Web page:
If a person submits a Subject Access Request (SAR) you will have one month to comply with the request. You must provide a copy of the information free of charge. If the request is excessive you may charge a "reasonable" fee - this also applies to supplicate requests. When a person requests that you delete any data you hold on them, your compliance will depend of the lawful basis you are using for holding the data. For an applicant who received a couple of match emails, your lawful basis for storing this data would be consensual and yes you should delete the data. A current tenant who has been paying rent for the last 5 years cannot expect their data to be deleted, and your lawful basis for storing and processing their data would be contractual fulfilment. An ex landlord who you are taking to court would have the lawful basis for holding the data as legal work, whilst storing data for a current landlord whose details need to be added to the prescribed information has the lawful basis as legal obligation.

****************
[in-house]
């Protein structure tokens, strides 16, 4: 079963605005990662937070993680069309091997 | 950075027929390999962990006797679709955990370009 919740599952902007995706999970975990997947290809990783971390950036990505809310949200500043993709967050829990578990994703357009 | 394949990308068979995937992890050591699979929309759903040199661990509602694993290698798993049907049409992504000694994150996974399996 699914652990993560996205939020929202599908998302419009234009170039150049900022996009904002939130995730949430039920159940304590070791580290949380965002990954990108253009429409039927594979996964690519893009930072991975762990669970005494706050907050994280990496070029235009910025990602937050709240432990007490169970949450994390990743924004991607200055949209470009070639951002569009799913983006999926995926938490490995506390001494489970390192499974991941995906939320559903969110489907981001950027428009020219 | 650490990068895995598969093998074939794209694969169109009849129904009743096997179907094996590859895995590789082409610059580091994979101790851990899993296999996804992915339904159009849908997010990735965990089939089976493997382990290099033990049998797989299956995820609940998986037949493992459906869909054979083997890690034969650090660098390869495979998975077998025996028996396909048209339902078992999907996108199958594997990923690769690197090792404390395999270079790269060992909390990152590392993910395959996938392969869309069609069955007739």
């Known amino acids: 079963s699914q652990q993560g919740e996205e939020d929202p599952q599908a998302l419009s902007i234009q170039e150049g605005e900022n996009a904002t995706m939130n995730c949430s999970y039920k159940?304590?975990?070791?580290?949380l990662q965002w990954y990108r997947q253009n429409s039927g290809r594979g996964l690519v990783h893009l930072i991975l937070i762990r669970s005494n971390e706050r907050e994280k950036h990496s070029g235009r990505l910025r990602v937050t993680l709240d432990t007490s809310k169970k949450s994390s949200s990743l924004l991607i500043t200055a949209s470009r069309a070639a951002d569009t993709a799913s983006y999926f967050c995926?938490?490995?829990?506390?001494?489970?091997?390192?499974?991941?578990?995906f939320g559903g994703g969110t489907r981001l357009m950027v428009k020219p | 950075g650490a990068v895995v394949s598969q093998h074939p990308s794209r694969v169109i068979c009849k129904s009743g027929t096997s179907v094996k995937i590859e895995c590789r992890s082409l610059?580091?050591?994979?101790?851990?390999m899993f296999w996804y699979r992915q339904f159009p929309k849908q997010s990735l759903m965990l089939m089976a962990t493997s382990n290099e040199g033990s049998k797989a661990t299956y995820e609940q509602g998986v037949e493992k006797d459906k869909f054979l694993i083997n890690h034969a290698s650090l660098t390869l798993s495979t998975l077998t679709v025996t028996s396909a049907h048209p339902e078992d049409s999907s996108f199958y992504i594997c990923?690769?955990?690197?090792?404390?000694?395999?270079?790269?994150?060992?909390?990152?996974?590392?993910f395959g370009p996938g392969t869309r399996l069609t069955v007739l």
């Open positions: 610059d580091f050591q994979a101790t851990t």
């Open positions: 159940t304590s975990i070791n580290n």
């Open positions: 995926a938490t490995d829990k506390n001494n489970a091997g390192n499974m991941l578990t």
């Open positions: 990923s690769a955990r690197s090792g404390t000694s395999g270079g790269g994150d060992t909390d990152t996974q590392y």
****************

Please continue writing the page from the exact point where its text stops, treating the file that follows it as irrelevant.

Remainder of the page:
Your business security procedures will need to be reviewed and tightened up if necessary. Staff access to certain data should be on a "need to know" basis. Diaries and day books that contain names and numbers should not be left lying around. System account and password protocols should be reviewed. Sharing of computer accounts should be restricted. Mobile devices that contain personal client details should be password protected, and no data should ever be copied to memory sticks or laptops that can be left on the bus!

Finally, it's worth remembering that whilst the media is making much of the highly inflated fines of up to 20 million Euros or 4% of global turnover that GDPR will carry for breaches of data, the fines will be proportional to the crime and if you do have a data breach, it won't necessarily need to be reported unless there is a risk that the rights or freedoms of an individual will be compromised.

That should be enough to keep you busy for the next few months, but if you need further information the Information Commissioner's Office website has a wealth of material to help you on your way.

Jacqueline Stow

Written by Jacqueline Stow

Source Estates IT Ltd